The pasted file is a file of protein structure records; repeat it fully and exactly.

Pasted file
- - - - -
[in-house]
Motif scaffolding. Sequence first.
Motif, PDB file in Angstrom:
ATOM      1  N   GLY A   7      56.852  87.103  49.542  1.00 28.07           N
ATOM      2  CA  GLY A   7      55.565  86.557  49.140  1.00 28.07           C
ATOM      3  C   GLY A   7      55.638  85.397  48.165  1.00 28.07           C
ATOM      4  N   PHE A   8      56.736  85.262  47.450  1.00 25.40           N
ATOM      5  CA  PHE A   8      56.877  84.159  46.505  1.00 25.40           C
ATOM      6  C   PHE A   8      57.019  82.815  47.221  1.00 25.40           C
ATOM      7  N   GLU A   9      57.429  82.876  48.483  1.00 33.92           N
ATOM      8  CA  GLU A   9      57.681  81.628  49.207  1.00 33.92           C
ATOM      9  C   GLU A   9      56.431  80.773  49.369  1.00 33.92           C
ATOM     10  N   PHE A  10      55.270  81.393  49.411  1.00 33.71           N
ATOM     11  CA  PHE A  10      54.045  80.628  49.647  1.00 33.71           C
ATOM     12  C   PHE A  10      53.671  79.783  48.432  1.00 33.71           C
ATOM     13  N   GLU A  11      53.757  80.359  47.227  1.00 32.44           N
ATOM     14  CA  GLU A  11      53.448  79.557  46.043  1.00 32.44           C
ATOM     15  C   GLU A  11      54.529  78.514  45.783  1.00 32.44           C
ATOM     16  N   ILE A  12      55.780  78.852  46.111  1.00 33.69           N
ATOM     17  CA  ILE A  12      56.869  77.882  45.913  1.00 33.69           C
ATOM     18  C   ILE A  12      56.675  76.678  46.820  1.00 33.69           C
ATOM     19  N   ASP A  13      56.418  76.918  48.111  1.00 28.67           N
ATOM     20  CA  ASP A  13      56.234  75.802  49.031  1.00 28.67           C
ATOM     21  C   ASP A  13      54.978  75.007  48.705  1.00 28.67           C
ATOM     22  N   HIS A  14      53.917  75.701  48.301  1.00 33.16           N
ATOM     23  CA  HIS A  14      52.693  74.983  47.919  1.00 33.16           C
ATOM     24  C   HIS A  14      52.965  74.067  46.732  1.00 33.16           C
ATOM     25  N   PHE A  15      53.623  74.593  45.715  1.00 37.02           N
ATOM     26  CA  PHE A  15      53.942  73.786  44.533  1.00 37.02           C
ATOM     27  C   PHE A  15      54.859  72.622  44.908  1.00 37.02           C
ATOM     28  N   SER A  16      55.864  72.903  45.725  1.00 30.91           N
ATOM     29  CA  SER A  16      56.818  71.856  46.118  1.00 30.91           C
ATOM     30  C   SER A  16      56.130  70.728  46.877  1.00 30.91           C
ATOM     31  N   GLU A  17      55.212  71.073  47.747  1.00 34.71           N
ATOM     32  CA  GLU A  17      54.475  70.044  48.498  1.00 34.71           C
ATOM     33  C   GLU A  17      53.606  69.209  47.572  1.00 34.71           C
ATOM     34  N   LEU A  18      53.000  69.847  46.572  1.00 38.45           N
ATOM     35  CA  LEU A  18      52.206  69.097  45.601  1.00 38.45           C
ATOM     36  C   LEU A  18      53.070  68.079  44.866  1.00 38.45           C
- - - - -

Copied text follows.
[in-house]
Motif scaffolding. Sequence first.
Motif, PDB file in Angstrom:
ATOM      1  N   GLY A   7      56.852  87.103  49.542  1.00 28.07           N
ATOM      2  CA  GLY A   7      55.565  86.557  49.140  1.00 28.07           C
ATOM      3  C   GLY A   7      55.638  85.397  48.165  1.00 28.07           C
ATOM      4  N   PHE A   8      56.736  85.262  47.450  1.00 25.40           N
ATOM      5  CA  PHE A   8      56.877  84.159  46.505  1.00 25.40           C
ATOM      6  C   PHE A   8      57.019  82.815  47.221  1.00 25.40           C
ATOM      7  N   GLU A   9      57.429  82.876  48.483  1.00 33.92           N
ATOM      8  CA  GLU A   9      57.681  81.628  49.207  1.00 33.92           C
ATOM      9  C   GLU A   9      56.431  80.773  49.369  1.00 33.92           C
ATOM     10  N   PHE A  10      55.270  81.393  49.411  1.00 33.71           N
ATOM     11  CA  PHE A  10      54.045  80.628  49.647  1.00 33.71           C
ATOM     12  C   PHE A  10      53.671  79.783  48.432  1.00 33.71           C
ATOM     13  N   GLU A  11      53.757  80.359  47.227  1.00 32.44           N
ATOM     14  CA  GLU A  11      53.448  79.557  46.043  1.00 32.44           C
ATOM     15  C   GLU A  11      54.529  78.514  45.783  1.00 32.44           C
ATOM     16  N   ILE A  12      55.780  78.852  46.111  1.00 33.69           N
ATOM     17  CA  ILE A  12      56.869  77.882  45.913  1.00 33.69           C
ATOM     18  C   ILE A  12      56.675  76.678  46.820  1.00 33.69           C
ATOM     19  N   ASP A  13      56.418  76.918  48.111  1.00 28.67           N
ATOM     20  CA  ASP A  13      56.234  75.802  49.031  1.00 28.67           C
ATOM     21  C   ASP A  13      54.978  75.007  48.705  1.00 28.67           C
ATOM     22  N   HIS A  14      53.917  75.701  48.301  1.00 33.16           N
ATOM     23  CA  HIS A  14      52.693  74.983  47.919  1.00 33.16           C
ATOM     24  C   HIS A  14      52.965  74.067  46.732  1.00 33.16           C
ATOM     25  N   PHE A  15      53.623  74.593  45.715  1.00 37.02           N
ATOM     26  CA  PHE A  15      53.942  73.786  44.533  1.00 37.02           C
ATOM     27  C   PHE A  15      54.859  72.622  44.908  1.00 37.02           C
ATOM     28  N   SER A  16      55.864  72.903  45.725  1.00 30.91           N
ATOM     29  CA  SER A  16      56.818  71.856  46.118  1.00 30.91           C
ATOM     30  C   SER A  16      56.130  70.728  46.877  1.00 30.91           C
ATOM     31  N   GLU A  17      55.212  71.073  47.747  1.00 34.71           N
ATOM     32  CA  GLU A  17      54.475  70.044  48.498  1.00 34.71           C
ATOM     33  C   GLU A  17      53.606  69.209  47.572  1.00 34.71           C
ATOM     34  N   LEU A  18      53.000  69.847  46.572  1.00 38.45           N
ATOM     35  CA  LEU A  18      52.206  69.097  45.601  1.00 38.45           C
ATOM     36  C   LEU A  18      53.070  68.079  44.866  1.00 38.45           C